Getting to the Root: The Benefits of Anesthetized Dental Cleanings


You may have noticed flyers at your local pet store offering Non-Anesthetic Dental cleanings, also called NAD. It sounds like a great alternative to the scary anesthetic procedure your veterinarian has been recommending for your pet. Who would want to put their dog or cat under anesthesia when they can get the same thing for less stress and lower cost? The truth of the matter is that NAD does not compare to anesthetized veterinary dental cleanings when it comes to benefit and value.

Importance of Pet Oral Health

Dentistry is a growing field in the veterinary world, as more and more research points to the importance of oral health in animals. In a perfect world, we would be able to brush our pet’s teeth twice a day, just like we do! The reality is that it’s hard to achieve this level of care due to lack of time or cooperation from our pets. Unless you’re brushing your pet’s teeth every day, large amounts of tartar can develop on the surface of their teeth, leading to deeper issues under the surface. As this tartar develops, it encourages growth of bacteria around the gums, causing gingivitis, bone loss, infection, degradation of the tooth, or even tooth loss. Usually the animal continues to eat and act like it feels fine, when, actually, it is suffering from pain caused by these conditions. In the case of severe dental disease, the bacteria in the mouth can even enter the blood stream, traveling to other areas of the body. This can result in damage to the heart, kidneys, liver, or other major organ systems, potentially causing illness and shortening the lifespan of your beloved pet.

Benefits of Anesthetized Comprehensive Dental Cleanings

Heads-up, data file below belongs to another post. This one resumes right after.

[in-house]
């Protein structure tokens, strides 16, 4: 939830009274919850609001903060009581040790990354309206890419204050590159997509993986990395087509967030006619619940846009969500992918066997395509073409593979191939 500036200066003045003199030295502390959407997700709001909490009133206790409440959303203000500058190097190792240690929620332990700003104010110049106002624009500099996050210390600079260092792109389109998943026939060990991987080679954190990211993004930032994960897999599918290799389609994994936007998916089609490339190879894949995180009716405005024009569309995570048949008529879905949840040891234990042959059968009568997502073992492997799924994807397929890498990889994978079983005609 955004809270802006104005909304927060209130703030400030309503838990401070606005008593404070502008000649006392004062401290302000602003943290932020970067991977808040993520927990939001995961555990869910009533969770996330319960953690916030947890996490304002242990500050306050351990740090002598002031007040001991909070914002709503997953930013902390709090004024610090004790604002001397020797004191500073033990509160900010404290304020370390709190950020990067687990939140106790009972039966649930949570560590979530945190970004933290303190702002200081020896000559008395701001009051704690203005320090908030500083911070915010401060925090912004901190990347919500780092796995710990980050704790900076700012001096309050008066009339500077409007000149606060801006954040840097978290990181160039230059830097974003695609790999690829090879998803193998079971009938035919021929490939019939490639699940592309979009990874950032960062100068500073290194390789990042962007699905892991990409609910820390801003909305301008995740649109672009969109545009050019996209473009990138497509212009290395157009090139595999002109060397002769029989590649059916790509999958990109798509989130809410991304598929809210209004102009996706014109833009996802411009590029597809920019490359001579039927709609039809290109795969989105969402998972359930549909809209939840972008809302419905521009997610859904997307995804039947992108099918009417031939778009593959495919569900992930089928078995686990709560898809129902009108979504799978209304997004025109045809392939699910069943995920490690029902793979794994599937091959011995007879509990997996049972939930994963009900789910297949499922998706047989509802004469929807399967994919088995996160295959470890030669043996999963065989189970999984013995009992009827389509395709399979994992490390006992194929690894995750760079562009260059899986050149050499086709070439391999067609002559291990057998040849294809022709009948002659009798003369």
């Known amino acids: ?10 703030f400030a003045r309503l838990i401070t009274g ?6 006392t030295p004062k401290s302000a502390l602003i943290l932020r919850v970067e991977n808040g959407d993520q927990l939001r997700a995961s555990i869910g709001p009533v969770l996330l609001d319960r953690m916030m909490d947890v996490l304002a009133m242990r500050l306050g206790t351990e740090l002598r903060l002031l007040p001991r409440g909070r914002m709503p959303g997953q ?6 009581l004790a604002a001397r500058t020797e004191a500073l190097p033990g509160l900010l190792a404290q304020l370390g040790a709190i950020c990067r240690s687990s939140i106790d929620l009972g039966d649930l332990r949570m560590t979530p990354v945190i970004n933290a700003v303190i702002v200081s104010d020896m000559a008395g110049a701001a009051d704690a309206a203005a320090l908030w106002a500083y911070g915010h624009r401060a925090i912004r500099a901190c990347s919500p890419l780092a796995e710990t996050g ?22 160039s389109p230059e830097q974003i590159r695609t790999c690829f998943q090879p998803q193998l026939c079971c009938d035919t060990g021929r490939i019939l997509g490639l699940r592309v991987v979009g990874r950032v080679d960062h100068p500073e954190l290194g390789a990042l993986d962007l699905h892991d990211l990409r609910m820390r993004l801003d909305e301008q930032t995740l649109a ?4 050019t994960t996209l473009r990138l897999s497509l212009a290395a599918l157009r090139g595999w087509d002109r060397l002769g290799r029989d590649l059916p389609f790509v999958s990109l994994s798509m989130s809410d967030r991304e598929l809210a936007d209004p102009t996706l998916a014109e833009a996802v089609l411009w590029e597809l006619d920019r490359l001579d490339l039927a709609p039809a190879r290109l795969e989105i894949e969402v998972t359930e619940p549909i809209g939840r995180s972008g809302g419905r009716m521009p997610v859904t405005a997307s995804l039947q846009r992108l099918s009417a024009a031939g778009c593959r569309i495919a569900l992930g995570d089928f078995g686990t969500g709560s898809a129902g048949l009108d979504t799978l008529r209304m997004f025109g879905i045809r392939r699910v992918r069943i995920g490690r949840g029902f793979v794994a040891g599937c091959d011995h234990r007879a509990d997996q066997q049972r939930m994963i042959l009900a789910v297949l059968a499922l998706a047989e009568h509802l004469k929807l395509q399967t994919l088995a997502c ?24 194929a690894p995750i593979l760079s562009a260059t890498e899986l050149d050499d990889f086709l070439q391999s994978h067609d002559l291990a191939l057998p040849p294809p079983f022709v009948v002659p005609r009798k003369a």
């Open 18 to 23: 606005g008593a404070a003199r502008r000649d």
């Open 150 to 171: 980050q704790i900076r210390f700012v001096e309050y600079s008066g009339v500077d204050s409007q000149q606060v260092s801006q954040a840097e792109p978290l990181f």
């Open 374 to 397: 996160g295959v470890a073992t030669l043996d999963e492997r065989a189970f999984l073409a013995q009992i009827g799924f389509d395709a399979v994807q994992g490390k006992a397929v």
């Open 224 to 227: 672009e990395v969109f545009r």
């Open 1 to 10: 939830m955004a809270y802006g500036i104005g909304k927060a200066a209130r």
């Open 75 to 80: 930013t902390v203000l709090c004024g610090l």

Regular dental cleanings are important to remove tartar from your pet’s teeth before it starts to cause localized or even systemic health issues. But with several options now available, which should you choose? Veterinarians offer dental prophylaxis or comprehensive dental cleanings, which are performed under full anesthesia. This option is beneficial in multiple ways. With the animal anesthetized, we are able to search and scour every nook and cranny of its mouth which is valuable beyond just cleaning their teeth. Many other issues can develop inside their mouths including tumors, cancer, previously undetected foreign objects that have become lodged, or overgrowth of gum tissue. Hardly any animal would tolerate the handling required to do a thorough oral exam, including looking underneath their tongues. Cleaning the tartar from their teeth, called scaling, also requires them to be completely still. Dentistry tools can be sharp and cause damage if the patient moves too suddenly. Tartar not only develops on the outside of their teeth, but also on the inside and under the gumline-areas that can be very challenging to access in an awake animal. If you thought it takes a long time to clean all 32 of your own teeth, dogs have 42! The cleaning process alone can last 30 minutes or more depending on the size of the animal and the amount of tartar present. Dental radiographs are another important aspect of the dental procedure. They can reveal issues under the gums that are not apparent from just visualization alone. Abscesses, bone loss, periodontitis, resorptive lesions, and root fracture are all examples of things we find on an x-ray even if we didn’t suspect them during the oral exam. While it is easy to ask a human patient to bite and hold the x-ray film in their mouth in just the right way to get a good image, it is impossible to make this request of an animal. So again, ideally the animal needs to be completely anesthetized in order to obtain valuable information of the total oral health of your pet.